# \newfont command not working; which fonts can I substitute?

I have to use a LaTeX style file that has the following:

``````% fonts for headings in Helvetica. Edit if you have no such fonts
\newfont{\helvix}{phvr at 9pt} % roman9
\newfont{\helvixb}{phvb at 9pt} % bold9
\newfont{\helvixo}{phvro at 9pt} % italic9
\newfont{\helvxviiib}{phvb at 18pt} % bold18
``````

Unfortunately, on my setup (OS X + TeXShop), even after having copied the required TFM files to my working dir, I get the following errors:

``````mktexpk: don't know how to create bitmap font for phvr.
mktexpk: perhaps phvr is missing from the map file.
``````

I'm assuming that getting the fonts installed properly etc. is going to be an involved process, so for now I'd like to just avoid that problem and get to writing. I tried replacing the "phvr" (and related) by the names given in the comments (roman9, etc.); this doesn't work either.

What could I put instead to get it working as fast as possible, while still respecting the basic typesetting options (helvixb must be in bold, etc.)?

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## migrated from stackoverflow.comApr 18 '11 at 20:01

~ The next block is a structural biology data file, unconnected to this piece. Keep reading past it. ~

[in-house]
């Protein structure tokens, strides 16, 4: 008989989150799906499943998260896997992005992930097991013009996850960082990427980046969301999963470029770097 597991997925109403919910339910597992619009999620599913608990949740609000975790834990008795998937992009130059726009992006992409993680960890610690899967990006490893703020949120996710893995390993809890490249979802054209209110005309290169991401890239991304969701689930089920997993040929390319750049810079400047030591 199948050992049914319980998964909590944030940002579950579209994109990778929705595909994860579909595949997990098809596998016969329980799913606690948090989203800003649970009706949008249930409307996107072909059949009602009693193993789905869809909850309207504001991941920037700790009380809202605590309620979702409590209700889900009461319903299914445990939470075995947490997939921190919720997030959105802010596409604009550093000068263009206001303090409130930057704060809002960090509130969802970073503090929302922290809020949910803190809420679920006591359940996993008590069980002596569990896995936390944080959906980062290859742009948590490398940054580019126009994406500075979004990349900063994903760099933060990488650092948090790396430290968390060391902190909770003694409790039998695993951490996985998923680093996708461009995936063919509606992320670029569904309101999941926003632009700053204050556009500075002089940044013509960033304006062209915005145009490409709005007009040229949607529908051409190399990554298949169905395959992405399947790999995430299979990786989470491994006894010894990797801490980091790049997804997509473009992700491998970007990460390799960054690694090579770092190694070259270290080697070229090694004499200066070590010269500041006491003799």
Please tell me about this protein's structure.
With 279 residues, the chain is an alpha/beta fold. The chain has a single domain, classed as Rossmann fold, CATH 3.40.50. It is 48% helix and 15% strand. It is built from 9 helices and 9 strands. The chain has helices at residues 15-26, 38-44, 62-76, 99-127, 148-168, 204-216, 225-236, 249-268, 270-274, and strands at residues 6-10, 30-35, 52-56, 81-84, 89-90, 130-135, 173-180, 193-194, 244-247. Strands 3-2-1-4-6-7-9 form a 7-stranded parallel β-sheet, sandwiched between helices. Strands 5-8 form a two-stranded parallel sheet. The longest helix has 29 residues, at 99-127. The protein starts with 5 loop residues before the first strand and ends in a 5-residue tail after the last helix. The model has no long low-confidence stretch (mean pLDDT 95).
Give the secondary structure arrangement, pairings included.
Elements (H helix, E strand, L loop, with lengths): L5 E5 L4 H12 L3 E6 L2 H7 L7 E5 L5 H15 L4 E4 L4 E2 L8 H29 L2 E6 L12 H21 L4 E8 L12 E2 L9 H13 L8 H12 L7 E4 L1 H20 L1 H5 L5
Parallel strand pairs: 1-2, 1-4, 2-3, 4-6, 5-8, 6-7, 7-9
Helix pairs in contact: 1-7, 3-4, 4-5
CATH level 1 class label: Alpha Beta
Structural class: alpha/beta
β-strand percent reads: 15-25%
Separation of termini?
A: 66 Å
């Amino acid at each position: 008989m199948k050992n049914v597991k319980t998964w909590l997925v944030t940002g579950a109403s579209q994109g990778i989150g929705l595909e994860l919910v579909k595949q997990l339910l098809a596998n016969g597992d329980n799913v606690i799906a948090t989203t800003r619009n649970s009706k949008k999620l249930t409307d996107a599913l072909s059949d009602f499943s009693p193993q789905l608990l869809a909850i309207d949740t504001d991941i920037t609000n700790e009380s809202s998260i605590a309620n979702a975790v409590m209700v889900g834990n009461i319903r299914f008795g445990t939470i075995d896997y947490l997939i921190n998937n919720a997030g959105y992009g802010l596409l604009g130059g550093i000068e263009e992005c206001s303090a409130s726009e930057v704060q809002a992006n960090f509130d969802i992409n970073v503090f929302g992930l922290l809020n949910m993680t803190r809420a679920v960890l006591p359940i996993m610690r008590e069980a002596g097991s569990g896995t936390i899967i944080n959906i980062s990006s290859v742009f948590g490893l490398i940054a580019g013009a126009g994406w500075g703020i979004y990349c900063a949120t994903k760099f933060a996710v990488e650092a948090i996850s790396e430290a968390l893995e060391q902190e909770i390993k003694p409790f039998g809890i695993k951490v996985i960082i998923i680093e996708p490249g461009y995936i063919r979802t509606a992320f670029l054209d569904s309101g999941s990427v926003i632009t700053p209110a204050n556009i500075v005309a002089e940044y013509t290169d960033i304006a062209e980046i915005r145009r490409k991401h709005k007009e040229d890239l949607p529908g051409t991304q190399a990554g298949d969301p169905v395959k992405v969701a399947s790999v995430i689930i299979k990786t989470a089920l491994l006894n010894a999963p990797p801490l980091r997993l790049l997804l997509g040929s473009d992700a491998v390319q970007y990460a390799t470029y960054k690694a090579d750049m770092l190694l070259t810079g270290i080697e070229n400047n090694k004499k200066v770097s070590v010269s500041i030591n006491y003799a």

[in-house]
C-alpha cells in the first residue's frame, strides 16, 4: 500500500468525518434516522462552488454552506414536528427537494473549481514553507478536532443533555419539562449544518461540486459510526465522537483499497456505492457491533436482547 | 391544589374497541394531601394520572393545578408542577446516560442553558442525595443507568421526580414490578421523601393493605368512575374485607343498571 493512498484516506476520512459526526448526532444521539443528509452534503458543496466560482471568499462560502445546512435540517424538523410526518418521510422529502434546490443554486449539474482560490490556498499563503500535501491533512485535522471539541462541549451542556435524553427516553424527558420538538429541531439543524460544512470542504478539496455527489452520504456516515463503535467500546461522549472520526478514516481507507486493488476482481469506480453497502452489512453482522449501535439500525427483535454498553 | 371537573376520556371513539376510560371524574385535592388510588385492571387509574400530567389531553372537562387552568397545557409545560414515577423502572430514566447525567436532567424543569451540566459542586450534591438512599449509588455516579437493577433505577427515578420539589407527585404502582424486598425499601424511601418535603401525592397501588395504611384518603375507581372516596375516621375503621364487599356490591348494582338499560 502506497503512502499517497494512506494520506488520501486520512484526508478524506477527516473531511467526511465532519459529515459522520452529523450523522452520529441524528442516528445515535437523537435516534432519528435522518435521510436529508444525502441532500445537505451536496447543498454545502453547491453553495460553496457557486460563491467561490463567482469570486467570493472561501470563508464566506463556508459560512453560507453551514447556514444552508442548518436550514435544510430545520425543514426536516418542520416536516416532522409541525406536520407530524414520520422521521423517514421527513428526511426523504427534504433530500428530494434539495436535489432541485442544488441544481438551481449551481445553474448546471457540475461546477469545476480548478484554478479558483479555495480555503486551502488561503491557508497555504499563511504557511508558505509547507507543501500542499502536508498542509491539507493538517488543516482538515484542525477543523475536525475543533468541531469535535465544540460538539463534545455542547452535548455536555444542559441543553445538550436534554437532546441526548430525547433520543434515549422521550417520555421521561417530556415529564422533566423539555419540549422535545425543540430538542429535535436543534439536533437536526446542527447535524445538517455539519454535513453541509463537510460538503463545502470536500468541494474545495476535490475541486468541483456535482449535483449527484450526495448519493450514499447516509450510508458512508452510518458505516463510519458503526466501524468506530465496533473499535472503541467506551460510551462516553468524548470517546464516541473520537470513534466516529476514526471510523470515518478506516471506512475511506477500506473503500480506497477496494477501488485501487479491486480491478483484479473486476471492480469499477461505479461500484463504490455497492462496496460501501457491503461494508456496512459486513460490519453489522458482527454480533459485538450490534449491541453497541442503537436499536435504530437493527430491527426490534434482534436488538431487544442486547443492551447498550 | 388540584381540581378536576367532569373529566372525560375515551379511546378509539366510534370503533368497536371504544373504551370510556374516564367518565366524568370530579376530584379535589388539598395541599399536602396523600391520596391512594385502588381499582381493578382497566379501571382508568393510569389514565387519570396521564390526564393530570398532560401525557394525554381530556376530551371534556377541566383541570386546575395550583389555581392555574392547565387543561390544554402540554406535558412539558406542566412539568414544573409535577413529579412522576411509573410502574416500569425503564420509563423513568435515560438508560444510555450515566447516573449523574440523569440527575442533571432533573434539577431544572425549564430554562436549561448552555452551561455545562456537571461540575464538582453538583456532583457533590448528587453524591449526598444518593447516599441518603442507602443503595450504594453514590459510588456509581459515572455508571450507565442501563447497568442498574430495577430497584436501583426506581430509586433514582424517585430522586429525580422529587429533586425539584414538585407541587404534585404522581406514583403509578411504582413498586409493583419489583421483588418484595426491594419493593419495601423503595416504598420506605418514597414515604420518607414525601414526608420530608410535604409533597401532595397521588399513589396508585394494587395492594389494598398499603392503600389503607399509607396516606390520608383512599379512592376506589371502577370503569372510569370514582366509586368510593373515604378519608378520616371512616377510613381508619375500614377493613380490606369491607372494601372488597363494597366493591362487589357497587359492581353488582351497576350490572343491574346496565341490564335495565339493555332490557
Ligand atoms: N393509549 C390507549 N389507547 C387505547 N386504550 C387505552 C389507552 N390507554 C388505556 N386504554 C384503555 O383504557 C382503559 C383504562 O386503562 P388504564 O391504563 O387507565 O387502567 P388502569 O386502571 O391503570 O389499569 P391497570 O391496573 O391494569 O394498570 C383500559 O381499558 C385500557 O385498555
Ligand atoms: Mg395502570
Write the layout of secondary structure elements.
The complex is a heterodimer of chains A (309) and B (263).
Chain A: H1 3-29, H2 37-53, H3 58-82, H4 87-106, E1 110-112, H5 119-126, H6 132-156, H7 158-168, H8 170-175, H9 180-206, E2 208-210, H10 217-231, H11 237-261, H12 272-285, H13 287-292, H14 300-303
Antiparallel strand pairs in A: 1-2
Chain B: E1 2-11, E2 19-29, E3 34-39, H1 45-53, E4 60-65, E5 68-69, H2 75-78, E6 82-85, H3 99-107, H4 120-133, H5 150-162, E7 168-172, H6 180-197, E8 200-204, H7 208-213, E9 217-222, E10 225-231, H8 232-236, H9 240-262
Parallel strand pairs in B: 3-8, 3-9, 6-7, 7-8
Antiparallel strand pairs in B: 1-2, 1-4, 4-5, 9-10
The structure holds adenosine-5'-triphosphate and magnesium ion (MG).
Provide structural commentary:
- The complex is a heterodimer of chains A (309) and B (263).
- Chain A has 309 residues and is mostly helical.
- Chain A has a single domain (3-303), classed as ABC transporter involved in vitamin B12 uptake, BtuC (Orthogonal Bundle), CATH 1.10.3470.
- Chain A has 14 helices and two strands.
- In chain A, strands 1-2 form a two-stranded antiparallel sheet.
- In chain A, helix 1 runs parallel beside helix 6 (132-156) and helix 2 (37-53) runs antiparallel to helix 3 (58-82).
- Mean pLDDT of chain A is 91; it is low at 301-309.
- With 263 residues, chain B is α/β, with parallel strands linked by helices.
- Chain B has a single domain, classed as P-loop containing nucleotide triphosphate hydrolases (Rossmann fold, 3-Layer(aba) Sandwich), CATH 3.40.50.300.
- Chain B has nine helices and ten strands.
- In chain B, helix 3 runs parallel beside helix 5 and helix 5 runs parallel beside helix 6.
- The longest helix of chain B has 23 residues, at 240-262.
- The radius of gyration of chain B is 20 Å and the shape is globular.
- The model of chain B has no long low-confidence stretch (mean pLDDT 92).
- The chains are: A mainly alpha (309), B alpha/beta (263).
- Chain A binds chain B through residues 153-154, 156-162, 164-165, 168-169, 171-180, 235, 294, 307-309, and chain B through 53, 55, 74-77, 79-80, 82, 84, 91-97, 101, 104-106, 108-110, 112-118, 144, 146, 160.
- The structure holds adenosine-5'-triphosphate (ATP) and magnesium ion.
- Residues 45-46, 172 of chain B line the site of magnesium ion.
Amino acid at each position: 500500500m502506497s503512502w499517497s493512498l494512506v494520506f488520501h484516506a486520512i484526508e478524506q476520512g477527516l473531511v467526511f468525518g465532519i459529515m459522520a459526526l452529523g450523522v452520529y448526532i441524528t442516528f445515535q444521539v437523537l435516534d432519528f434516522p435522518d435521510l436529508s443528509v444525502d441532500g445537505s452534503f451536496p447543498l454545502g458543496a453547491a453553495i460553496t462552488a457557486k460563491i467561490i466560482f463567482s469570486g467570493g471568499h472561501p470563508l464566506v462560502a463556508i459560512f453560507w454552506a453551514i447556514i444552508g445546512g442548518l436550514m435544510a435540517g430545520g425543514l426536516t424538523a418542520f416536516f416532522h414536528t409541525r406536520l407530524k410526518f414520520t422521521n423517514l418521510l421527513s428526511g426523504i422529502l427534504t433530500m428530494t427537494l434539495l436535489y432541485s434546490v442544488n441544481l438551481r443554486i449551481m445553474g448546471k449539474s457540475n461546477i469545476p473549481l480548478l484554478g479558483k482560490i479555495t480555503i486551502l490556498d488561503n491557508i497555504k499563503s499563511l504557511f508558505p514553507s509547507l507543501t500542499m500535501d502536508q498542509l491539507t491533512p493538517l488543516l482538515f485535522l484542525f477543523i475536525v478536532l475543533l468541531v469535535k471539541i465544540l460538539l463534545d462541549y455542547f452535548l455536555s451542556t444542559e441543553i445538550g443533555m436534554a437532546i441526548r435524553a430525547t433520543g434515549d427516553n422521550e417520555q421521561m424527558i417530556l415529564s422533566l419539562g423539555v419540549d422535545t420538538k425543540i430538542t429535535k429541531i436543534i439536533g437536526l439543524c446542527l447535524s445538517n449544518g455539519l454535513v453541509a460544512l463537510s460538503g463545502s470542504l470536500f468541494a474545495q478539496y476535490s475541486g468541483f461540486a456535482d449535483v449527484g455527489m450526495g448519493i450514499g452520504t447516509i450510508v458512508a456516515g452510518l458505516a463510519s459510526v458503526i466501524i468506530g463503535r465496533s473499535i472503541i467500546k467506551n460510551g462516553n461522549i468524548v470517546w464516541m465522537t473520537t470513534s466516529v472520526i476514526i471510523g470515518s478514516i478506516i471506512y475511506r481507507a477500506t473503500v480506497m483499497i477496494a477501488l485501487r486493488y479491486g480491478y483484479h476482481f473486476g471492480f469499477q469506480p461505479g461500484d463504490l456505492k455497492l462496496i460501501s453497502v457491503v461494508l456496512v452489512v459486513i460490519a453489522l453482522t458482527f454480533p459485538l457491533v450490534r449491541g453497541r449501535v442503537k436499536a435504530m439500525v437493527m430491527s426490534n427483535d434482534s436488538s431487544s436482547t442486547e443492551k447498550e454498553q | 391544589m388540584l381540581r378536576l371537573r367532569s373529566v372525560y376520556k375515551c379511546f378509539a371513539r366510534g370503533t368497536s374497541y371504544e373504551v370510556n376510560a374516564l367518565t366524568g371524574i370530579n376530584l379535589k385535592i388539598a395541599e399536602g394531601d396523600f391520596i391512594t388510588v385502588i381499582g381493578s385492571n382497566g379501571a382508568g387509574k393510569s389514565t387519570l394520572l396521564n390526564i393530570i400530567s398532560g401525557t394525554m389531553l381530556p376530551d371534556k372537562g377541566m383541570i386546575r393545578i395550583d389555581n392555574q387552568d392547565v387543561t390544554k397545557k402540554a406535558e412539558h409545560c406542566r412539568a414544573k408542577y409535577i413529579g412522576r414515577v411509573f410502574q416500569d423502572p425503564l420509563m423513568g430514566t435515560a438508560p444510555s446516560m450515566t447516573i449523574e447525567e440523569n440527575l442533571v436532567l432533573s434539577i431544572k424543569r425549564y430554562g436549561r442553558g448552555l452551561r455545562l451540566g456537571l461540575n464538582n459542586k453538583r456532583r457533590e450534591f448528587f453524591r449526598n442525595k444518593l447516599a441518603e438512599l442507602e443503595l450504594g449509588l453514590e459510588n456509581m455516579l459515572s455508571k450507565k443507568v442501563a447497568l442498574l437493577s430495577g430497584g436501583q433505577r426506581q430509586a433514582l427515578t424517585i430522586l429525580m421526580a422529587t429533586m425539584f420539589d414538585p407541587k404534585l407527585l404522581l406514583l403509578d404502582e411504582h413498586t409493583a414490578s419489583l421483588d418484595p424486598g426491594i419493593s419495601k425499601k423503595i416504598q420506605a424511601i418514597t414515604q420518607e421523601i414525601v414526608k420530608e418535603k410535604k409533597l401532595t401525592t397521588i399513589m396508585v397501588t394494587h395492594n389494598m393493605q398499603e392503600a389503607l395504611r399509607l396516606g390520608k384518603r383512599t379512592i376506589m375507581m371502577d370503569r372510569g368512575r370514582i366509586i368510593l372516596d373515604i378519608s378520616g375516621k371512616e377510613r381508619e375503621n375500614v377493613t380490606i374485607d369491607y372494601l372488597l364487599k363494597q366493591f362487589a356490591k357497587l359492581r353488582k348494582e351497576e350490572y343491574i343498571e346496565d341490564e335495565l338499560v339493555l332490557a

This question came from our site for professional and enthusiast programmers.

`\newfont` is a quite obsolete command. Moreover you don't need only the tfm files to run pdflatex, but you have also to teach it where to find the actual fonts.

You get automatically the header fonts in Helvetica by saying

``````\usepackage[scaled=.9]{helvet}
``````

and write more simply `\sffamily` followed by a size specification: for example

``````\sffamily\small
``````

where the old style says `\helvix` or

``````\sffamily\bfseries\small
``````

where the old style says `\helvixb`; for slanted use `\slshape` instead of `\bfseries`. Instead of `\helvxviiib` say

``````\sffamily\bfseries\LARGE
``````

However I suggest a different font

``````\usepackage[scale=.9]{tgheros}
``````

which is very similar to Helvetica (on my system some letters with Helvetica come out misplaced). Notice the slight difference in the keyword for scaling. Adjust the number to suit your needs. The commands for choosing the font are exactly the same as before.

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You could try the names `phvr8t`, `phvb8t` and `phvro8t`. But on the whole it is certainly better to avoid this `\newfont`definition and to adapt your script to nfss.

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